Now You’ve Read It All: Think Small
Today, our nation and our world face a lot of “big picture” problems.
Global warming is melting our polar ice caps. Major wars rage in Iraq, Afghanistan and numerous other spots around the world. The fear of terrorism is at an all-time high. AIDS and other epidemics threaten to kill millions. And throngs of people across the world die every day from starvation.
Nonprofit organizations are rising to the challenge by educating the public, organizing support and raising revenue to address these major problems. And while these organizations need to focus on the “big picture” in most of their public-education efforts, often they should do the opposite in their fundraising campaigns. In other words, and in a reversal of an often used phrase, they need to “see the trees, rather than the forest.”
“What is he blabbering about?” you might be asking right about now. Here’s what I’m trying to convey.
Often, nonprofit organizations focus their fundraising communications on such massively big problems that the potential donor believes that no amount of his support will help. This is what I refer to as a “drop in a bucket” scenario.
Here’s a fictional example of how an environmental group addressing global warming might, in fact, create this kind of situation:
Global warming is rapidly heating our planet. A huge hole has opened in our ozone layer. Polar ice caps are melting away. Chunks of ice the size of Texas have split away from Antarctica. Current coastlines will begin to disappear as water from the melting ice drowns our coastal cities. Millions of people will be displaced or die from the resulting change in weather patterns.
Please send us $15 to stop this catastrophe.
See what I mean? A recipient who reads this literally could envision a drop of water plopping into a huge bucket … because that’s how he’ll view his relatively small contribution in comparison to the problem it’s supposed to address. It will discourage many potential supporters from even addressing the subject.
OK, that example may be somewhat of an exaggeration, but it’s not so far off of the mark.
Some fundraisers attempt to fix this problem by changing the ask to something like, “Please send us $15 to stop this catastrophe, and we’ll send you this really cute teddy bear.”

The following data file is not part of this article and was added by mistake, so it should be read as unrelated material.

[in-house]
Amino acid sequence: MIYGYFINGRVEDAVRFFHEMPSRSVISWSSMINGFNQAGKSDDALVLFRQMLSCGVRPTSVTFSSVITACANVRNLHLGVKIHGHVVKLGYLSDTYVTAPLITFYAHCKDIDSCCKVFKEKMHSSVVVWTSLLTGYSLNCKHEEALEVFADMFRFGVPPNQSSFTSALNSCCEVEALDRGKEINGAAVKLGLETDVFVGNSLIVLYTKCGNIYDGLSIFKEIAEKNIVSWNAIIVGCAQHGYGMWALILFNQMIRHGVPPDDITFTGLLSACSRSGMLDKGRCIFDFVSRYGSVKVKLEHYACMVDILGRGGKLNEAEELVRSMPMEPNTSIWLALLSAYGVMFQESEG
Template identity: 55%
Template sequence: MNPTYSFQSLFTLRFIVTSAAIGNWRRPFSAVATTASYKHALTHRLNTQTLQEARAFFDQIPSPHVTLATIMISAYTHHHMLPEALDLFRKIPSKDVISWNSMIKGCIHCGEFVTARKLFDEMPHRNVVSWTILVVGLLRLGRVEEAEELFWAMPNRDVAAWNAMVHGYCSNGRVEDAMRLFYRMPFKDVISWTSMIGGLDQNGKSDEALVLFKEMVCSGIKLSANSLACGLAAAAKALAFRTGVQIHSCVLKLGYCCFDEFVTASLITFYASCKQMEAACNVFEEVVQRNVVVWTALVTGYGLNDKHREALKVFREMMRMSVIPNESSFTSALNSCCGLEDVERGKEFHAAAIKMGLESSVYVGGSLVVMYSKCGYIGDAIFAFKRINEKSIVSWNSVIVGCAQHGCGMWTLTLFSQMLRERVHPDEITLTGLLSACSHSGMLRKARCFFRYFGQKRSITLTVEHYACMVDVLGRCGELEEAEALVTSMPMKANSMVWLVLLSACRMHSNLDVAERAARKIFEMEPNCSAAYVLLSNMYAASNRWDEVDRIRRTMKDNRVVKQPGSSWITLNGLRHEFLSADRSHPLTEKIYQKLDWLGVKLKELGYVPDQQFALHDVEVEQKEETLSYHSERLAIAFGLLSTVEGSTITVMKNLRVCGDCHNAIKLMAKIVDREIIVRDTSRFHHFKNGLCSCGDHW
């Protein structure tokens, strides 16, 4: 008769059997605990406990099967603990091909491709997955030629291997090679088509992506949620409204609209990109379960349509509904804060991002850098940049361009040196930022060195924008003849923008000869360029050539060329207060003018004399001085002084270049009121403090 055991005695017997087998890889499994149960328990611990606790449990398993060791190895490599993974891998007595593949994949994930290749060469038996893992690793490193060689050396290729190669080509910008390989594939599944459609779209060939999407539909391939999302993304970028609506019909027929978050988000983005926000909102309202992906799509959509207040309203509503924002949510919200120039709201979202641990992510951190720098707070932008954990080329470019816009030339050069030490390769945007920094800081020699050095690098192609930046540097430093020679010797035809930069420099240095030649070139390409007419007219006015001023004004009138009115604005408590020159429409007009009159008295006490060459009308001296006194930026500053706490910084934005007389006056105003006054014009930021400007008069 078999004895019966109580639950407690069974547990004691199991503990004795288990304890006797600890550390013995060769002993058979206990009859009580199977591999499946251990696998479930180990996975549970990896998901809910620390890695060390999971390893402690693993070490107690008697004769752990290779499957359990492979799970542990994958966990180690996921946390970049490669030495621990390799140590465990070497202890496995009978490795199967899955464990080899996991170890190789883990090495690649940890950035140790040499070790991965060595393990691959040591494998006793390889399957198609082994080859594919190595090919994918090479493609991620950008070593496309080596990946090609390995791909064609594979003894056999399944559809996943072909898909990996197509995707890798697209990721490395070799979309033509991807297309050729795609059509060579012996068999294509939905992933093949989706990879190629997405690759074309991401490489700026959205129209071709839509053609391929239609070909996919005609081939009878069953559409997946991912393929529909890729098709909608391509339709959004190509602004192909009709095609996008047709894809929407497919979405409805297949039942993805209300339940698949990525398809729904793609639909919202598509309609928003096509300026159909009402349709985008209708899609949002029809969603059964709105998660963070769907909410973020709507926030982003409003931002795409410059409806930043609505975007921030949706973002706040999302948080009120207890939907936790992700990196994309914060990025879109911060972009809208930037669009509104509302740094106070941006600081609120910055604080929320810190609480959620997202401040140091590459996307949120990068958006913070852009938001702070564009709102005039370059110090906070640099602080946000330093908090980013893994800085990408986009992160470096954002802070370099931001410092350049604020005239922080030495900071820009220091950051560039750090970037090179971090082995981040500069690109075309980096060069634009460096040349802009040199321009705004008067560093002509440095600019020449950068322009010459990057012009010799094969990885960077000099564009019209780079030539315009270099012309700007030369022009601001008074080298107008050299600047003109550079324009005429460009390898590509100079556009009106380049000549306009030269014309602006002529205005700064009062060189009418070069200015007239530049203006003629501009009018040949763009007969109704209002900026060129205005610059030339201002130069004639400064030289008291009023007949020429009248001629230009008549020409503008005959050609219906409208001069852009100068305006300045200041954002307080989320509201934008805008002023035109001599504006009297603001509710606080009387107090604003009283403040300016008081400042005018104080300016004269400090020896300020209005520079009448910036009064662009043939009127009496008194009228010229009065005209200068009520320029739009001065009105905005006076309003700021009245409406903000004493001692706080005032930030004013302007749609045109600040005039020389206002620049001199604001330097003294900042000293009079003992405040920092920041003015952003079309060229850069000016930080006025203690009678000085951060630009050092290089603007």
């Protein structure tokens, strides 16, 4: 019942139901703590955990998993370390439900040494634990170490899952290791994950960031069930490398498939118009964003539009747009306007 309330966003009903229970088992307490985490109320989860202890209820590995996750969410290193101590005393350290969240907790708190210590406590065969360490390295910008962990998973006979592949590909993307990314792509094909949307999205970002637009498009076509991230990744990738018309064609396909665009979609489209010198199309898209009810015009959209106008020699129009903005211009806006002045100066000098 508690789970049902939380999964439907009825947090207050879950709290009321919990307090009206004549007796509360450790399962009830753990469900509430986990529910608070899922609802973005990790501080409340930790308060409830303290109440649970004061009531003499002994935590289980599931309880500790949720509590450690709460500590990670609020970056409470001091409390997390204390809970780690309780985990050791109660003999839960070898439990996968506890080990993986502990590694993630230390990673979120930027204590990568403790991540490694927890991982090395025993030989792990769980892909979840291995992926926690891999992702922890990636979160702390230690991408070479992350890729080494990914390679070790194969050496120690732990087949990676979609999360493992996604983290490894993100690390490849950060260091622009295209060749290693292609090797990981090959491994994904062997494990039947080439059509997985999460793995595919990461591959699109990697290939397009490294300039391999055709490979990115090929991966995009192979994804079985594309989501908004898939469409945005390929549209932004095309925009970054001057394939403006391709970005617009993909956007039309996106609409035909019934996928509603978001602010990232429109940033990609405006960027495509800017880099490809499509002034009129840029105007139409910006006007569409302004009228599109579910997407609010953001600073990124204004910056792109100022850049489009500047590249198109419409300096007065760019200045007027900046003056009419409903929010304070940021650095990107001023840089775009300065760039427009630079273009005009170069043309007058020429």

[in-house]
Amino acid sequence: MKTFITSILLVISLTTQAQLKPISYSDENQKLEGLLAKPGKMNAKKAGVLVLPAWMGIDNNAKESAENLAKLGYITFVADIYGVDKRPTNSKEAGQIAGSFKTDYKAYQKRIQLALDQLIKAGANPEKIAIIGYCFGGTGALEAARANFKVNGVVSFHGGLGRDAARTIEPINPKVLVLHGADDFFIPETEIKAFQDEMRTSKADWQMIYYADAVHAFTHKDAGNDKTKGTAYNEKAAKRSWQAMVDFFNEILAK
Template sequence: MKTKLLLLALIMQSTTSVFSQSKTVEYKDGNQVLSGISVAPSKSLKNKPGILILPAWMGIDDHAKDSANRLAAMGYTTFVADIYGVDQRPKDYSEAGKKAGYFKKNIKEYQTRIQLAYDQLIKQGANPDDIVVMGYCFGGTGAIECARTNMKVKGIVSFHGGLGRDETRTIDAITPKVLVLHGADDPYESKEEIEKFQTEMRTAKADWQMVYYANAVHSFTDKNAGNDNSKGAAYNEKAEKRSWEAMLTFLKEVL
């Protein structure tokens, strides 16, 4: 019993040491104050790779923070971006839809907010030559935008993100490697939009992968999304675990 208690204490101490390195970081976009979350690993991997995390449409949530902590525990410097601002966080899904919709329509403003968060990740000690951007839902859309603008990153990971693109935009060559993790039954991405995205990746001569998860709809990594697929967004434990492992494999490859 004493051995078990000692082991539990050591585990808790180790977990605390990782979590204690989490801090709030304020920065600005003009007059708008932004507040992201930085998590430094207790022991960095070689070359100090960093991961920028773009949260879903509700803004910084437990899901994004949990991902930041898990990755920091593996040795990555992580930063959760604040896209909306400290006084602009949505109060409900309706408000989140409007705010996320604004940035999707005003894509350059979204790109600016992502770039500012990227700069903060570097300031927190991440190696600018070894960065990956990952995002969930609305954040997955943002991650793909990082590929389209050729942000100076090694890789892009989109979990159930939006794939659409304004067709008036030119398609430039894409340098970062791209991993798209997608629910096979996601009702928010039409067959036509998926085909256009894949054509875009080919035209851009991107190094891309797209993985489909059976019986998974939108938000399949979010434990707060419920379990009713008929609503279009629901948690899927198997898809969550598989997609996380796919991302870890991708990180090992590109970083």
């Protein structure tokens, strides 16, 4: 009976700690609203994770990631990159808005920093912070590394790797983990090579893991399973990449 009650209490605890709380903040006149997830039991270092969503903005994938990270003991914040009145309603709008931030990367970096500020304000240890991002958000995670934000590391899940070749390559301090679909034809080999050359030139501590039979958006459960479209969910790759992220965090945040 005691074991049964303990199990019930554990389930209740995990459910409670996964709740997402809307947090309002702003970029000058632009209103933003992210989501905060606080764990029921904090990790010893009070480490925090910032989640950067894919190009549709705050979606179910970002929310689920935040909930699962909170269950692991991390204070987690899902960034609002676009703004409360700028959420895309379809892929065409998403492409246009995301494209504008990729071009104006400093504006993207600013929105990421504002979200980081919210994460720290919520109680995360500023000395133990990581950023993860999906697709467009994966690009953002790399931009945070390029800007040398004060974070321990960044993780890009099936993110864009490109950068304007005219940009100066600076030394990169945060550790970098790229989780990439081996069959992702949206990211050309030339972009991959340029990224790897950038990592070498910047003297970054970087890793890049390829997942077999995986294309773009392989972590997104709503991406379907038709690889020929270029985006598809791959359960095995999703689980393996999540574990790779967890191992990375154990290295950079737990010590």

In other words, they overcome the donor’s hesitance by offering a bribe for a contribution. I’m not condemning those who use premiums to overcome the reluctance of potential donors. A few of my clients will testify that, in some cases, I’ve urged them to do just that.
Bring it home
But before succumbing to the easy solution of premiums, you should try another method when addressing “big picture” issues such as global warming, war, world hunger or deadly diseases. First, you should attempt to bring the issue down to a level that the potential donor can more easily understand, and can more easily visualize how his $15 contribution will make a difference.
Child-sponsorship organizations understand this strategy better than anyone. Can one person stop world hunger? No way. But can one person feed one child in a Third World country? Yes … that is a manageable goal. And can a single person stop global warming? No. But one person can support lobbying efforts in Congress to pass higher automobile mileage standards or other regulations that stem emissions that cause global warming.
The next time you attempt to communicate with potential donors about the “forest” of challenges that your organization wants to address, remember to take the time to point out a few of the trees.
Jim Hussey is president of Adams Hussey & Associates. He can be reached at firstname.lastname@example.org.